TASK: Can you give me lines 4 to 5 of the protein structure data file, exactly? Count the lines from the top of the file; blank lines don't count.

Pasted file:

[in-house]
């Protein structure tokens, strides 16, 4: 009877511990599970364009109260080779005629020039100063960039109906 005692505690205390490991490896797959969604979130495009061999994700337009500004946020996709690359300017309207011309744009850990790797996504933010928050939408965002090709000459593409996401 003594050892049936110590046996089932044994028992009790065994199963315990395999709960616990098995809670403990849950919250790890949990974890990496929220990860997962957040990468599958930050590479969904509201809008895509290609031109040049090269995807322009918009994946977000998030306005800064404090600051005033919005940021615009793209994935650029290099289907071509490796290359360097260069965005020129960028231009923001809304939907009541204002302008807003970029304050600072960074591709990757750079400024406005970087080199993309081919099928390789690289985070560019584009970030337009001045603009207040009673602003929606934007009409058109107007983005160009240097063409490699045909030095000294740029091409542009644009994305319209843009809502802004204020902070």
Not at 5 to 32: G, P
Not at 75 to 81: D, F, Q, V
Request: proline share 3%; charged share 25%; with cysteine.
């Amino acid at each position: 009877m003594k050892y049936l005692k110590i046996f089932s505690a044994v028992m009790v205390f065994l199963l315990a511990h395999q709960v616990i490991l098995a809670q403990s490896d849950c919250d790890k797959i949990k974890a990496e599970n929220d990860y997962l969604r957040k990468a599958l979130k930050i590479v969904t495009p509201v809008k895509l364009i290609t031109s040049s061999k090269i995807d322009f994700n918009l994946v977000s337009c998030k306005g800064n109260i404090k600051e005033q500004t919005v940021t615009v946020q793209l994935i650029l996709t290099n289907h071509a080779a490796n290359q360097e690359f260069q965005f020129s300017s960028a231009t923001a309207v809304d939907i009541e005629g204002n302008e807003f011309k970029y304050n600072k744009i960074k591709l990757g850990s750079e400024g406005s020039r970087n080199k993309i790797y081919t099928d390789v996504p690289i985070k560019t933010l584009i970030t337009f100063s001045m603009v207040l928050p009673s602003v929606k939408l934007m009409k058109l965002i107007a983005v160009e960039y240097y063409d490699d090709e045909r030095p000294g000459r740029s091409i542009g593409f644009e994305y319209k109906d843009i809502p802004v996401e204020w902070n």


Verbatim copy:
Not at 75 to 81: D, F, Q, V
Request: proline share 3%; charged share 25%; with cysteine.